Dynamic Large-Scale Chromosomal Rearrangements Fuel Rapid Adaptation in Yeast Populations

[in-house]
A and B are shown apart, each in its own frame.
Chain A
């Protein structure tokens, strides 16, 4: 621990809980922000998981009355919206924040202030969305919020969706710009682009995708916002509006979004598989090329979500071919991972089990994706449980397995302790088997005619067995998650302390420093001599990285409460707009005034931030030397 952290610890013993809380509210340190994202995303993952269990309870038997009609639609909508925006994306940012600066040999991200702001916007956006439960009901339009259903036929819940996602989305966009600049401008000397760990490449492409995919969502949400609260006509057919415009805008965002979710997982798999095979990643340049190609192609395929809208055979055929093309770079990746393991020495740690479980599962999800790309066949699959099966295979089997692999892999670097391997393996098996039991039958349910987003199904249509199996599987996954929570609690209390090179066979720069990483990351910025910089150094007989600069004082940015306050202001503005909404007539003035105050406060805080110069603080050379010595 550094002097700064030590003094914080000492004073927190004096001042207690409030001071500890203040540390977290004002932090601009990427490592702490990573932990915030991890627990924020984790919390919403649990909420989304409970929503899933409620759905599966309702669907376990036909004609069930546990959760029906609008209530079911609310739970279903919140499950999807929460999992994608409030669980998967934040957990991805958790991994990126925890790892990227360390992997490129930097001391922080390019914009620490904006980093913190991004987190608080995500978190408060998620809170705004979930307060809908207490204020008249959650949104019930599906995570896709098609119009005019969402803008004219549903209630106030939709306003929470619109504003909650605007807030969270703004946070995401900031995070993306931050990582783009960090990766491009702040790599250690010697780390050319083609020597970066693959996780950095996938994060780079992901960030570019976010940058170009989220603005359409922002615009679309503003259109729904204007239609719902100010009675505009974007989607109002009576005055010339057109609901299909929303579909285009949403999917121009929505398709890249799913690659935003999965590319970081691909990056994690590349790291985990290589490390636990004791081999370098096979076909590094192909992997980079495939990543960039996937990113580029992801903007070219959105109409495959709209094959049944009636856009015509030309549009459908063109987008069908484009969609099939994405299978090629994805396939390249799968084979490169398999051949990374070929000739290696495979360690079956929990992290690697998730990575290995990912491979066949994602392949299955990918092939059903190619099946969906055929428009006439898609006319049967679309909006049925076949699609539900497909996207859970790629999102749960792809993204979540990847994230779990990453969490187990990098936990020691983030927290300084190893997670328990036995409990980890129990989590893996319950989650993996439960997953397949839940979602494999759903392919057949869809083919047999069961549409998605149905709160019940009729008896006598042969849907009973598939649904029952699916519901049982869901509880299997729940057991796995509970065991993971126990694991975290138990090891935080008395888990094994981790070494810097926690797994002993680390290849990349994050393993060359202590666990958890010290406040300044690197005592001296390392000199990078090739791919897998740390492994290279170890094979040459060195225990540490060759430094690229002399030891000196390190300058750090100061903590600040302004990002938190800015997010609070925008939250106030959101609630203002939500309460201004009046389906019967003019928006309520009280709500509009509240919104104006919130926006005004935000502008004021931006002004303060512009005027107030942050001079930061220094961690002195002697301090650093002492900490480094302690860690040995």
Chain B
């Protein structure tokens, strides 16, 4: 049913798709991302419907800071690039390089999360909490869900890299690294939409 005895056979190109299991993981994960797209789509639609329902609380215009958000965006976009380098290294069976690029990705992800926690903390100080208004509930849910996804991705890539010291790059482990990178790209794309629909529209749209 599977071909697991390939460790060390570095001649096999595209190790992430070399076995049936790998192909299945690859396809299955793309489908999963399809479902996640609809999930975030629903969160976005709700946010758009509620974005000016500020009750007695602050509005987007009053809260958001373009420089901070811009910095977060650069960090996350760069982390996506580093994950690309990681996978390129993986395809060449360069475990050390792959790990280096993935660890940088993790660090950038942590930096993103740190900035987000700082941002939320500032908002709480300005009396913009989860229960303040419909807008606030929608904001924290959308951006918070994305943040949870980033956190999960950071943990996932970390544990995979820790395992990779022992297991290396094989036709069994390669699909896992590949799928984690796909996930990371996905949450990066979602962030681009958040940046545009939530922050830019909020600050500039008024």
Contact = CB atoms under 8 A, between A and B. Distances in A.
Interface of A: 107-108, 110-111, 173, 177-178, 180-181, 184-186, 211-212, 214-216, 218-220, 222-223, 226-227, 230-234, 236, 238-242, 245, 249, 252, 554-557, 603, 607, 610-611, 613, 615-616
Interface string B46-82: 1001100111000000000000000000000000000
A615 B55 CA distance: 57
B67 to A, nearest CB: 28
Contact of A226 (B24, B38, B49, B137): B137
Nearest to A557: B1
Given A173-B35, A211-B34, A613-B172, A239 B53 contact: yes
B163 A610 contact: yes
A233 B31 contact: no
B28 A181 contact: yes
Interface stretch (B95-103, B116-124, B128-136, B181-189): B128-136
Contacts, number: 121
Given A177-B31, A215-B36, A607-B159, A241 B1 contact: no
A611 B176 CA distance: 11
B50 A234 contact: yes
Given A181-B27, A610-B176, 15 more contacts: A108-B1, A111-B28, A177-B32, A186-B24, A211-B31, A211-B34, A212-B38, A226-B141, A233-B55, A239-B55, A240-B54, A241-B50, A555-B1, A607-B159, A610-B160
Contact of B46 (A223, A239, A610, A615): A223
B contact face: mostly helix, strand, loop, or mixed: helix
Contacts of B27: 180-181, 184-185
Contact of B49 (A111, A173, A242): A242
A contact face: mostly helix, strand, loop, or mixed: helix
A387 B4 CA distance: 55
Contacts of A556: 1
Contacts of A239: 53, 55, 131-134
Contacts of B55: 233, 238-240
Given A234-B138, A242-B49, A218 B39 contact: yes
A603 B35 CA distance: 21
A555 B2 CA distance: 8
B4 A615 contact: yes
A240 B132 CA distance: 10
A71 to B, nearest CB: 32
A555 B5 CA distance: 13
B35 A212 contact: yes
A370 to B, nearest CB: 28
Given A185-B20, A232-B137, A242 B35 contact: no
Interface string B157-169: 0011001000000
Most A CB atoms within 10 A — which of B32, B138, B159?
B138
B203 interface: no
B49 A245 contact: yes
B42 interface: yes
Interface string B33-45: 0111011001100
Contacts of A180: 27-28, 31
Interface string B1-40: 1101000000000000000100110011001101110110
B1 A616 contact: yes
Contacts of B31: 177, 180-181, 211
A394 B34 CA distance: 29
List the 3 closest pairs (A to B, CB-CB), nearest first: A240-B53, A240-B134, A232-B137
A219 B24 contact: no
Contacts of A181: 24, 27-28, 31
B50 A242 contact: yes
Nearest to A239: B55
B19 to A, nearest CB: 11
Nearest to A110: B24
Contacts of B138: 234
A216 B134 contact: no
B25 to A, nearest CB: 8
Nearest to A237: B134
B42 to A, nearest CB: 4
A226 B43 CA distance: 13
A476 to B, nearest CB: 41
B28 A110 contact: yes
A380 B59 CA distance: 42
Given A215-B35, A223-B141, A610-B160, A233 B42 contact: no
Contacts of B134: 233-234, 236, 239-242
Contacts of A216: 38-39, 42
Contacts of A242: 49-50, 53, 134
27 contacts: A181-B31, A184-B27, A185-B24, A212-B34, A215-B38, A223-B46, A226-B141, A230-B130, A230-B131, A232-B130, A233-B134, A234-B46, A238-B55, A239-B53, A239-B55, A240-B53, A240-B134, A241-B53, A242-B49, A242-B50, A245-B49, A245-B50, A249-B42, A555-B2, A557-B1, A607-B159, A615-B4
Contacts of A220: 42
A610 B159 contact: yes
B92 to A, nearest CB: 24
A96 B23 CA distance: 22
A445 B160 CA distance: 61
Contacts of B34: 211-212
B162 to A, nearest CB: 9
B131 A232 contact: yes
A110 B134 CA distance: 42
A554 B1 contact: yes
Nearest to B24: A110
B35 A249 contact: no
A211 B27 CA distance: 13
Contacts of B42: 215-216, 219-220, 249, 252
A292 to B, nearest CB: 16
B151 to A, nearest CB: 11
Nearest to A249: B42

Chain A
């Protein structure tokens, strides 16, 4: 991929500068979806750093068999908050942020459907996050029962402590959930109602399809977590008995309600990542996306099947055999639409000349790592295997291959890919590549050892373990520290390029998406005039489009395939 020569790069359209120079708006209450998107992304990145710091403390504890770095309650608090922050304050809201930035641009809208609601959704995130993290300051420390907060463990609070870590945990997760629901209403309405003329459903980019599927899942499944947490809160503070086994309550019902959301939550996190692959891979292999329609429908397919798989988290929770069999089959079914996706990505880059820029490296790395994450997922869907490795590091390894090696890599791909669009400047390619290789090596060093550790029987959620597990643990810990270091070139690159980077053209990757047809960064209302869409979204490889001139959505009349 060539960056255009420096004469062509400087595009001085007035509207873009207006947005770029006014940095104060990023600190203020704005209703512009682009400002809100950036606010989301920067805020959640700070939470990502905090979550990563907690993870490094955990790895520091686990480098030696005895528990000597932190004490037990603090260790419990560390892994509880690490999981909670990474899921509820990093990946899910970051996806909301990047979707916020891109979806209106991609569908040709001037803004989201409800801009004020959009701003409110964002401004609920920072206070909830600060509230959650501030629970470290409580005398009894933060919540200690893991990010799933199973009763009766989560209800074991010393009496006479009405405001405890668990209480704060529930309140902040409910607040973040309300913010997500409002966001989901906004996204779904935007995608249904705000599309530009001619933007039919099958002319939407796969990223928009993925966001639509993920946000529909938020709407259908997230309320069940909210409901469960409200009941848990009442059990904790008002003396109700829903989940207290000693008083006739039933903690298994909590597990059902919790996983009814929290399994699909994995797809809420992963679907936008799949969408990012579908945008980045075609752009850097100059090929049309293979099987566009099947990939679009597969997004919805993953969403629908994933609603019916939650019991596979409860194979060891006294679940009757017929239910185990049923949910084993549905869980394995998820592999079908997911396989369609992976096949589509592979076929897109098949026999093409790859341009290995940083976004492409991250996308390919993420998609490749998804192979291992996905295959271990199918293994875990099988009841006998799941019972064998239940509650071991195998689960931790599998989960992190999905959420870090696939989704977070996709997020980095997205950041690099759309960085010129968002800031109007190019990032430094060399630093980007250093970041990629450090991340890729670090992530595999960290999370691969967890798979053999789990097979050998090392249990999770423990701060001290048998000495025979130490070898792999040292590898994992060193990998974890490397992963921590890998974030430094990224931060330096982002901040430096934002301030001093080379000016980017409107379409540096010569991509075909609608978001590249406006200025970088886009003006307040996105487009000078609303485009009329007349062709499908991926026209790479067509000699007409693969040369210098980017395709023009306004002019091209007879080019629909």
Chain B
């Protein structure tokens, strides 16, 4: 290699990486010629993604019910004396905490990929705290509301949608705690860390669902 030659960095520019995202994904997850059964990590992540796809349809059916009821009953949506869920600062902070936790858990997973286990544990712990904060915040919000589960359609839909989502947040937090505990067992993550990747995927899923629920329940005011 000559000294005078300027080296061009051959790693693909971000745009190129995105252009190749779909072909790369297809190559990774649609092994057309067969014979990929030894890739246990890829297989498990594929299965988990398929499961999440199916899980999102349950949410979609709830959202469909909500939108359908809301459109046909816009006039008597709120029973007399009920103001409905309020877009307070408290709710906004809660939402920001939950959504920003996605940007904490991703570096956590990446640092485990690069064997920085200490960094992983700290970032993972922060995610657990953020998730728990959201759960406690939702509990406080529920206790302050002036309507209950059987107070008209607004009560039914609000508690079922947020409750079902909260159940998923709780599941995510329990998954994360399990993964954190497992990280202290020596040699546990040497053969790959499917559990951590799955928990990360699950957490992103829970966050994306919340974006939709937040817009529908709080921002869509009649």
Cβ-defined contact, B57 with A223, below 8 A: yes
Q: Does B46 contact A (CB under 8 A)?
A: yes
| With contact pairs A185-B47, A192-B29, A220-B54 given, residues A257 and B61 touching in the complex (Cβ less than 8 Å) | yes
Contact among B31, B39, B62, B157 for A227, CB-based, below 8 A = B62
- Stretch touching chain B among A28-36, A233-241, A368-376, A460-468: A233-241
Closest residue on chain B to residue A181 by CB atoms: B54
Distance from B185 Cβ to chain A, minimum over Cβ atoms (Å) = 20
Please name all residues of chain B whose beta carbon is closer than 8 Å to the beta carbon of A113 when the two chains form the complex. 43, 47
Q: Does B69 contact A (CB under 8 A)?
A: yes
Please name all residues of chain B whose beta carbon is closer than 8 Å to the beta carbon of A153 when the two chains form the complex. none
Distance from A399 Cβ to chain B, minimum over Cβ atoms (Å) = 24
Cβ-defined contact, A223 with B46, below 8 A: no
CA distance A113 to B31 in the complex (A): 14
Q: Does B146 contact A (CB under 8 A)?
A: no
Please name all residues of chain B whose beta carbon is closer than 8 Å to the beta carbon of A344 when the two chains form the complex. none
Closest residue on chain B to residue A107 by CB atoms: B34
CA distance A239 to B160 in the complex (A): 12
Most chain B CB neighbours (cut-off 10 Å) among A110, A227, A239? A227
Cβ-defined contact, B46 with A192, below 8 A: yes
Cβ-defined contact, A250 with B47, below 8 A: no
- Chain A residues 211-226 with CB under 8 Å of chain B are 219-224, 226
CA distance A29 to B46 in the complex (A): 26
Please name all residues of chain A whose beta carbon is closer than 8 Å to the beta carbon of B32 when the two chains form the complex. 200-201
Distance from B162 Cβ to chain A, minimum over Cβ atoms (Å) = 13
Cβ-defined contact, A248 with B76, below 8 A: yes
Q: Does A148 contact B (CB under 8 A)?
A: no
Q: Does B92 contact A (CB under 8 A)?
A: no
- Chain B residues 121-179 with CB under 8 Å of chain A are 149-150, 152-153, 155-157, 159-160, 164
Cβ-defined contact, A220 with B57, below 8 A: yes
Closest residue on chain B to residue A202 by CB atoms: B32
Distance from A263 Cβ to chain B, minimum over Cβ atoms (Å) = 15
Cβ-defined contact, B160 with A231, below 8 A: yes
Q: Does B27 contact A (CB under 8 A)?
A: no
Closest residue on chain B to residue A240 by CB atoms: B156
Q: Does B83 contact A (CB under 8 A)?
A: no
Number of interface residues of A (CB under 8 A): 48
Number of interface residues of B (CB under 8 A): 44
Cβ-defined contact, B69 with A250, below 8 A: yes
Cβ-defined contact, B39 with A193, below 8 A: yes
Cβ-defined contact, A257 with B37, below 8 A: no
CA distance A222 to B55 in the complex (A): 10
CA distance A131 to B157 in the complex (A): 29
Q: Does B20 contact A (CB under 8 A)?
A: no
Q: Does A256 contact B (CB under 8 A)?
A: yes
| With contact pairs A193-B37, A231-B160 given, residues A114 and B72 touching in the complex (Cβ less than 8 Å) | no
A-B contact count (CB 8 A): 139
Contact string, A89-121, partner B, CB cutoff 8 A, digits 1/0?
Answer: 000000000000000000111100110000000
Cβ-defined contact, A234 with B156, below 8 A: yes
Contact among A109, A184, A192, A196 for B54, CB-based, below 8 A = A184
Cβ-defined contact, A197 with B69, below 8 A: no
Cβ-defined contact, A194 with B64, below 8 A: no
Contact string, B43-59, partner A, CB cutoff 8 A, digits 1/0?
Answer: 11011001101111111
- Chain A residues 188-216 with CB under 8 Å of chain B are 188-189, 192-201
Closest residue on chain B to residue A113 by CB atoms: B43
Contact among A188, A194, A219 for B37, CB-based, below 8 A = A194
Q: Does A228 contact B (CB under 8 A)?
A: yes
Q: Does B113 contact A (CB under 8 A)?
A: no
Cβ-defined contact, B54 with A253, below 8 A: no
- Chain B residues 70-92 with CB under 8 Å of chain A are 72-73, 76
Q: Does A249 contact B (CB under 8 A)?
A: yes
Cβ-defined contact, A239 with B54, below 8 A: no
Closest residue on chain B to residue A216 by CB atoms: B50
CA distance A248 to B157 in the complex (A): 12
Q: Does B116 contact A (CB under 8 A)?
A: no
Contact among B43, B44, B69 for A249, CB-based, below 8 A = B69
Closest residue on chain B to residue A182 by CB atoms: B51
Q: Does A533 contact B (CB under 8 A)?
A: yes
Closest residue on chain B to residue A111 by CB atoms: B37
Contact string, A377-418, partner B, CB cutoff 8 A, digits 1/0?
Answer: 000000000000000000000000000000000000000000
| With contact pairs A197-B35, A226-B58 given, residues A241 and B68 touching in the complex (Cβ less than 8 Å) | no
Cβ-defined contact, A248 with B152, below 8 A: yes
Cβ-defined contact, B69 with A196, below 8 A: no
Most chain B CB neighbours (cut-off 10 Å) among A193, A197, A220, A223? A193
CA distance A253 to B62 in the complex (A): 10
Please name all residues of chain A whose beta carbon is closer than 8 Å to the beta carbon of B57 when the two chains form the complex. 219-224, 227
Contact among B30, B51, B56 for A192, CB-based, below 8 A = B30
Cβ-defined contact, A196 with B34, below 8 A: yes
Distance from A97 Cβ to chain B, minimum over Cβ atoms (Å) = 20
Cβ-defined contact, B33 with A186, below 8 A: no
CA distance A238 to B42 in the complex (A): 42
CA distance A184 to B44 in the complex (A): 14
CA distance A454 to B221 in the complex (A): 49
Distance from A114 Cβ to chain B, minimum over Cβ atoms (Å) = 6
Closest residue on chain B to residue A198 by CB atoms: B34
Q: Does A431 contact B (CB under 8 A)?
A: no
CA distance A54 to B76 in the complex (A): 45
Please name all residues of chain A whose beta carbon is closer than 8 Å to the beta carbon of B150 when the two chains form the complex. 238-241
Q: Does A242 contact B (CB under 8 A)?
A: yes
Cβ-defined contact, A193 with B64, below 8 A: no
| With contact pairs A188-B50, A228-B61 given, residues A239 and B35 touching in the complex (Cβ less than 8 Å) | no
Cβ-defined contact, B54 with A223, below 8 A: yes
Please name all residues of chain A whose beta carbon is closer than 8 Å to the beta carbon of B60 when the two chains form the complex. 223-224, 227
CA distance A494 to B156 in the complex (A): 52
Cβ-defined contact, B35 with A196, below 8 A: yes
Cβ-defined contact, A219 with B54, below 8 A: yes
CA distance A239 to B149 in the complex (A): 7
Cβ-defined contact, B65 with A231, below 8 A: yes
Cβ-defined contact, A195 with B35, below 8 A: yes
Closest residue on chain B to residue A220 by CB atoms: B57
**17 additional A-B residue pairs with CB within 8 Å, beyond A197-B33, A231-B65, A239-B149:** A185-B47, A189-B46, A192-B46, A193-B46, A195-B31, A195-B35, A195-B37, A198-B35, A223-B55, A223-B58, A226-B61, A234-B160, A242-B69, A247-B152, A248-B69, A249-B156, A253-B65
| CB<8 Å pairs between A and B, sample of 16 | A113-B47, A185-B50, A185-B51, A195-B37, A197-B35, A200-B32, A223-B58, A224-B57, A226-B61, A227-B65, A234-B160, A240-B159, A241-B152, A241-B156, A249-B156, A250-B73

Large-scale genome rearrangements have been observed in cells adapting to various selective conditions during laboratory evolution experiments. However, it remains unclear whether these types of mutations can be stably maintained in populations and how they impact the evolutionary trajectories. Here we show that chromosomal rearrangements contribute to extremely high copper tolerance in a set of natural yeast strains isolated from Evolution Canyon (EC), Israel. The chromosomal rearrangements in EC strains result in segmental duplications in chromosomes 7 and 8, which increase the copy number of genes involved in copper regulation, including the crucial transcriptional activator CUP2 and the metallothionein CUP1. The copy number of CUP2 is correlated with the level of copper tolerance, indicating that increasing dosages of a single transcriptional activator by chromosomal rearrangements has a profound effect on a regulatory pathway. By gene expression analysis and functional assays, we identified three previously unknown downstream targets of CUP2: PHO84, SCM4, and CIN2, all of which contributed to copper tolerance in EC strains. Finally, we conducted an evolution experiment to examine how cells maintained these changes in a fluctuating environment. Interestingly, the rearranged chromosomes were reverted back to the wild-type configuration at a high frequency and the recovered chromosome became fixed in less selective conditions. Our results suggest that transposon-mediated chromosomal rearrangements can be highly dynamic and can serve as a reversible mechanism during early stages of adaptive evolution. Large-scale chromosomal rearrangements are often associated with dramatic phenotypic changes such as cancer cell formation. It has been speculated that large-scale chromosomal rearrangements may play a crucial role at the early stages of adaptation, since they can quickly change the expression level of multiple genes or even a whole pathway by changing the gene copy number. Nonetheless, it remains unclear whether such mutations can be stably maintained in populations, especially in a fluctuating environment. Here we characterize an adaptive copper-tolerant phenotype in a wild yeast population. We discovered that the adaptive phenotype was contributed to by two large-scale chromosomal rearrangements, which increased the copy number of key components of copper regulation, including a crucial transcriptional activator, Cup2. We further identified three previously unknown downstream targets of Cup2 that also contributed to copper tolerance. Finally, we conducted an evolution experiment to test the stability of the rearranged chromosomes under conditions of relaxed selection. We found that the rearranged chromosomes returned back to the original configuration at a high frequency, and the wild type-like chromosome became fixed in all the evolved cultures. Our results suggest that chromosomal rearrangements can provide a reversible mechanism for cells when adapting to a fluctuating environment.